You can sign the petition here.

Or join the conversation online using the hashtag #SREnow.

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Russia Softens Domestic Abuse Law

It is no secret that the Russian government has a major task in eradicating domestic abuse, with the latest statistics showing that 49,579 crimes involving violence in the family were committed in Russia in 2015. With the vast majority of victims being women and an unknown number of offences going unreported it is time that legislators focused on how to give protection to those who are vulnerable.

Instead, Russian MPs this week backed a law reducing the penalties for those convicted of inflicting violence on family members, decriminalising some offences. These changes mean the authorities will be unable (and unwilling) to protect the powerless or break the vicious circle of abuse within the home. Abused children will continue to grow up being more likely to become abusers or victims themselves.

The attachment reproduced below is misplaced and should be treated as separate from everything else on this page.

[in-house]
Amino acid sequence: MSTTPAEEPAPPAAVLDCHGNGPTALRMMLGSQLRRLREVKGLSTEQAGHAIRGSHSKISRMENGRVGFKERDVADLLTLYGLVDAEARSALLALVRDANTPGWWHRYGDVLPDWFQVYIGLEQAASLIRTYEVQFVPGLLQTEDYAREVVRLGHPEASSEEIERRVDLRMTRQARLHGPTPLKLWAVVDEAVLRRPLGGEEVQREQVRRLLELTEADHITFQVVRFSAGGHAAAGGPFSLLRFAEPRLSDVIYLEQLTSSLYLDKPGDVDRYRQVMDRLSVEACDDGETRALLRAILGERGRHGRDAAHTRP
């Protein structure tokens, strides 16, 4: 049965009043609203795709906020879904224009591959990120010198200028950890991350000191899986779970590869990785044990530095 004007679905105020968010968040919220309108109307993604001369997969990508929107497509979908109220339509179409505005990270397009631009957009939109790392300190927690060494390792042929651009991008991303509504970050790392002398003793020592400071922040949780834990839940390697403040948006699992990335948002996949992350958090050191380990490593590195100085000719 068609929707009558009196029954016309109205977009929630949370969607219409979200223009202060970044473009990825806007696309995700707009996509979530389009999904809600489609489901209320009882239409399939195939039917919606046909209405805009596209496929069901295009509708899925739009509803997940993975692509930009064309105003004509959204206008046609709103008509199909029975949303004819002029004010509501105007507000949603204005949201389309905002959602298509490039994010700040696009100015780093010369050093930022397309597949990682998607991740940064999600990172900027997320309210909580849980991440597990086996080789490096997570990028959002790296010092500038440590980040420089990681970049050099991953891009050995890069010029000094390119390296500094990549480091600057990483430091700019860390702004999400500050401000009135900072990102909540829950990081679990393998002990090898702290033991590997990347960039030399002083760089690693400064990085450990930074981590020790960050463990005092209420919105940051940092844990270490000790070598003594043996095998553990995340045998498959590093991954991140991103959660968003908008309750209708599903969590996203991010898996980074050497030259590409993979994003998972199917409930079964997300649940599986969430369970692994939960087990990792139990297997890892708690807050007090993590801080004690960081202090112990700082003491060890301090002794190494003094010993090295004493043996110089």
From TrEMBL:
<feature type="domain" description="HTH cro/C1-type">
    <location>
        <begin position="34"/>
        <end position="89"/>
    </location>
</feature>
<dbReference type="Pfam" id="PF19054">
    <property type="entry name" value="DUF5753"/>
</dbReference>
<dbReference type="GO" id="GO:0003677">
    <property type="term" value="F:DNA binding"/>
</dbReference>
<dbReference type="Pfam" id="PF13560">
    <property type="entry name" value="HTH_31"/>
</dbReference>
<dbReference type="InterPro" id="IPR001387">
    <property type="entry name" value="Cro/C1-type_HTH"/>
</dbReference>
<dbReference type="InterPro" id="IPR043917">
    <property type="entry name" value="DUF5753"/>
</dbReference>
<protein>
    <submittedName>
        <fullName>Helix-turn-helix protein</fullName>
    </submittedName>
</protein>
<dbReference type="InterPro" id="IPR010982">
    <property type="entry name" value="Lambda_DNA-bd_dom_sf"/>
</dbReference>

Breaking these cycles takes resources and painstaking work and lawmakers need to support such efforts that can lead to social progress as, for example, they did earlier this month in France, when beating children was outlawed. Unfortunately, the current tendency of lawmaking in Russia is to support the archaic thinking of much of the population.

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The amendments in Russia are already being interpreted by opponents and supporters alike as giving official permission for violence. First offences that do not result in serious injuries will now be punished by a fine. Since such payments, of up to 30,000 rubles (£400), will obviously be taken out of family budgets, in themselves these fines could become a disincentive to complain.